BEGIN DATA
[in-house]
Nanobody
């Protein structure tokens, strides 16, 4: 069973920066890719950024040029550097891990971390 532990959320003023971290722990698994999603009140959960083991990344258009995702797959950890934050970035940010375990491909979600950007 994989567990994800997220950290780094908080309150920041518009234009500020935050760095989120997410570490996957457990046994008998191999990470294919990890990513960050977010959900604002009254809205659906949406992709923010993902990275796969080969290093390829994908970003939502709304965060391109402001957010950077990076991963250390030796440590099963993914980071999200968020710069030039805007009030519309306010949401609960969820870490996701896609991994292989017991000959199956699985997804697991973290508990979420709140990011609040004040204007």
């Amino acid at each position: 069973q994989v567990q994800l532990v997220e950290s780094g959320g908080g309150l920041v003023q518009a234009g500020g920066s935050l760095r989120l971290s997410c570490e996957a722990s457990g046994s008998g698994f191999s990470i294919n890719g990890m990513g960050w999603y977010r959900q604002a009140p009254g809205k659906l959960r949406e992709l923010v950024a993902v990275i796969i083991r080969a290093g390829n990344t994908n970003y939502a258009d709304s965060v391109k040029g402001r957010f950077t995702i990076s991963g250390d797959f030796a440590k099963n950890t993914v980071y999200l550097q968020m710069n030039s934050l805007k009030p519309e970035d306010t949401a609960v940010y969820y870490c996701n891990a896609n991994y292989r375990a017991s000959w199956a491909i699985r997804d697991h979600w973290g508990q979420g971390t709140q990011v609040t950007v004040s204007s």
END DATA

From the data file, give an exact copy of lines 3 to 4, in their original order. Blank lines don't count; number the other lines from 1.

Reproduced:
């Protein structure tokens, strides 16, 4: 069973920066890719950024040029550097891990971390 532990959320003023971290722990698994999603009140959960083991990344258009995702797959950890934050970035940010375990491909979600950007 994989567990994800997220950290780094908080309150920041518009234009500020935050760095989120997410570490996957457990046994008998191999990470294919990890990513960050977010959900604002009254809205659906949406992709923010993902990275796969080969290093390829994908970003939502709304965060391109402001957010950077990076991963250390030796440590099963993914980071999200968020710069030039805007009030519309306010949401609960969820870490996701896609991994292989017991000959199956699985997804697991973290508990979420709140990011609040004040204007």
């Amino acid at each position: 069973q994989v567990q994800l532990v997220e950290s780094g959320g908080g309150l920041v003023q518009a234009g500020g920066s935050l760095r989120l971290s997410c570490e996957a722990s457990g046994s008998g698994f191999s990470i294919n890719g990890m990513g960050w999603y977010r959900q604002a009140p009254g809205k659906l959960r949406e992709l923010v950024a993902v990275i796969i083991r080969a290093g390829n990344t994908n970003y939502a258009d709304s965060v391109k040029g402001r957010f950077t995702i990076s991963g250390d797959f030796a440590k099963n950890t993914v980071y999200l550097q968020m710069n030039s934050l805007k009030p519309e970035d306010t949401a609960v940010y969820y870490c996701n891990a896609n991994y292989r375990a017991s000959w199956a491909i699985r997804d697991h979600w973290g508990q979420g971390t709140q990011v609040t950007v004040s204007s």